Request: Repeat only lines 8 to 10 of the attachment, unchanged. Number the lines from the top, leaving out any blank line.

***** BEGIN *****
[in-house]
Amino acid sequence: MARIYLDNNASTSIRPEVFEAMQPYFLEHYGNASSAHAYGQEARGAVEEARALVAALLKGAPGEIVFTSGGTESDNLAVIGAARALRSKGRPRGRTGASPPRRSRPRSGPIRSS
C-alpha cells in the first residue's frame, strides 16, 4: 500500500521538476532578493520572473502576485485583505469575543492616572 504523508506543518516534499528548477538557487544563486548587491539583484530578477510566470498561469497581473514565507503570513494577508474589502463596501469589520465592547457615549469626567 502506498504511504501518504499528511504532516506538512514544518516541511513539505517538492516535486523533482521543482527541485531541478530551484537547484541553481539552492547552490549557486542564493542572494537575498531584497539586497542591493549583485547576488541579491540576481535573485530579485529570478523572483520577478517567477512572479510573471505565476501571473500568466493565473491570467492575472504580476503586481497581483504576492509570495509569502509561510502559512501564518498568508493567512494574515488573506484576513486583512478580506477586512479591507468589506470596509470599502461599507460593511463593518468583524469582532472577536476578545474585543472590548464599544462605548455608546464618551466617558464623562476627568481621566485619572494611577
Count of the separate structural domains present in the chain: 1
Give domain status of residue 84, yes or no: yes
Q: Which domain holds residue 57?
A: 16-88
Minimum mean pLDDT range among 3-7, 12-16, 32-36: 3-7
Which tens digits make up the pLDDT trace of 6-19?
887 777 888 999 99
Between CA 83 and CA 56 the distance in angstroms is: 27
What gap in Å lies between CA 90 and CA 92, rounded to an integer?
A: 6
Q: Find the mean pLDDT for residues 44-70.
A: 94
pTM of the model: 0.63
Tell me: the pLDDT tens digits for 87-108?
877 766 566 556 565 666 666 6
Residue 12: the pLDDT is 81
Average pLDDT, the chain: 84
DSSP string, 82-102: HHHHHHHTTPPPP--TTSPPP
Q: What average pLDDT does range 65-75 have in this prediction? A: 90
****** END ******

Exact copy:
Minimum mean pLDDT range among 3-7, 12-16, 32-36: 3-7
Which tens digits make up the pLDDT trace of 6-19?
887 777 888 999 99